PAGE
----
Coffee companion reflects on lives engraved on stone
COFFEE WITH WARREN, with Warren Harbeck
Tiny cemeteries dot the Prairie landscape, resting places for lives well lived and reminders that we, too, shall pass this way. Photo by Marlis McDouall
Commemorating the dead is important in cultures and religions around the world.
The month of November is especially significant in this regard for most of our coffee companions in the West, with All Souls Day falling on Nov. 2 and Remembrance Day on Nov. 11.
Gravestones and cenotaphs, in particular, are timeless reminders of lives well lived. But they also speak of our own mortality; they stand at the fords of the Great River, proclaiming that we, too, shall pass this way.
With this in mind, Cochrane writer Marlis McDouall e-mailed me a poem she wrote, along with a photograph.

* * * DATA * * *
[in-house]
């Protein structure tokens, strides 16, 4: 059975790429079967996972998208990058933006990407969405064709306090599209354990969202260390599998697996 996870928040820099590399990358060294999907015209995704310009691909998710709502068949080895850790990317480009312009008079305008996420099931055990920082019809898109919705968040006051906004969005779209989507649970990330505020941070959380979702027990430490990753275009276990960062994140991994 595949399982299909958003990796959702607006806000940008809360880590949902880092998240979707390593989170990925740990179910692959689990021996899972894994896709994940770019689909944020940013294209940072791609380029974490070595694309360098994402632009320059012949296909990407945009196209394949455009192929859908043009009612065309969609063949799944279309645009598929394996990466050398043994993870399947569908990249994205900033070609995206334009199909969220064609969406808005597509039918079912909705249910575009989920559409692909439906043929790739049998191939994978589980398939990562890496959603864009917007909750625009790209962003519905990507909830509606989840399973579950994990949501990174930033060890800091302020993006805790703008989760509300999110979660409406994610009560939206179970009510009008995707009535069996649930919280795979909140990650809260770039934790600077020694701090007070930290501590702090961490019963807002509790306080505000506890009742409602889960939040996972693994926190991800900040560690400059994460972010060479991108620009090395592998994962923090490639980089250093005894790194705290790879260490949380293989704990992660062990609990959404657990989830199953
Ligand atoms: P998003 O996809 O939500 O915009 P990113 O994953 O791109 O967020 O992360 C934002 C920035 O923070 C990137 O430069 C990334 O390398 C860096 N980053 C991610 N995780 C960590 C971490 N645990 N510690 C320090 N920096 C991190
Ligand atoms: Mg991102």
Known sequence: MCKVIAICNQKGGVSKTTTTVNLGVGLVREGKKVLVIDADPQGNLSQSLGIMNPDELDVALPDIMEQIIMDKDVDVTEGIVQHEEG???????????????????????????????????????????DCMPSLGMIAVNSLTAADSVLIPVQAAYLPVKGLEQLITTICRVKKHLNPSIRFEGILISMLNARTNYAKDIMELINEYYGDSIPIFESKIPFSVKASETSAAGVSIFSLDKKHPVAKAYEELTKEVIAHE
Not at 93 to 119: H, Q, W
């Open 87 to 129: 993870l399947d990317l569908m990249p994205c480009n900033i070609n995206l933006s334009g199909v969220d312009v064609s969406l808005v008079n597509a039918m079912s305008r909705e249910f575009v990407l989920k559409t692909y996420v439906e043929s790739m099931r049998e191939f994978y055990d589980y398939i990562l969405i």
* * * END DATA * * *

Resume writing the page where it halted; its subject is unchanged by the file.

November is “the month that traditionally has been set aside to remember those who have gone before us,” she wrote, “be it as soldiers in the battlefields of the world, or as ordinary folks who worked hard all their lives to provide for their families and communities.”
On a recent journey through the Prairie provinces, Marlis said, she “stumbled across many tiny graveyards along the country roads, often miles away from any town or village, yet always looked after well.”
She ventured into some of these cemeteries, pausing among gravestones and crosses to read names and dates.
“I wondered about the many human stories and tragedies, now obscured by time,” she said. “In those beautiful, lonesome, windswept places one cannot help but ponder the fleetingness of life.”
Marlis put her impressions into “Prairie Graveyards,” verses she is permitting me to share with all our readers:
Thank you, Marlis. And thank you, all who have gone before; you are the giants on whose shoulders we stand as we reach up to billowing clouds and the stars beyond.
© 2007 Warren Harbeck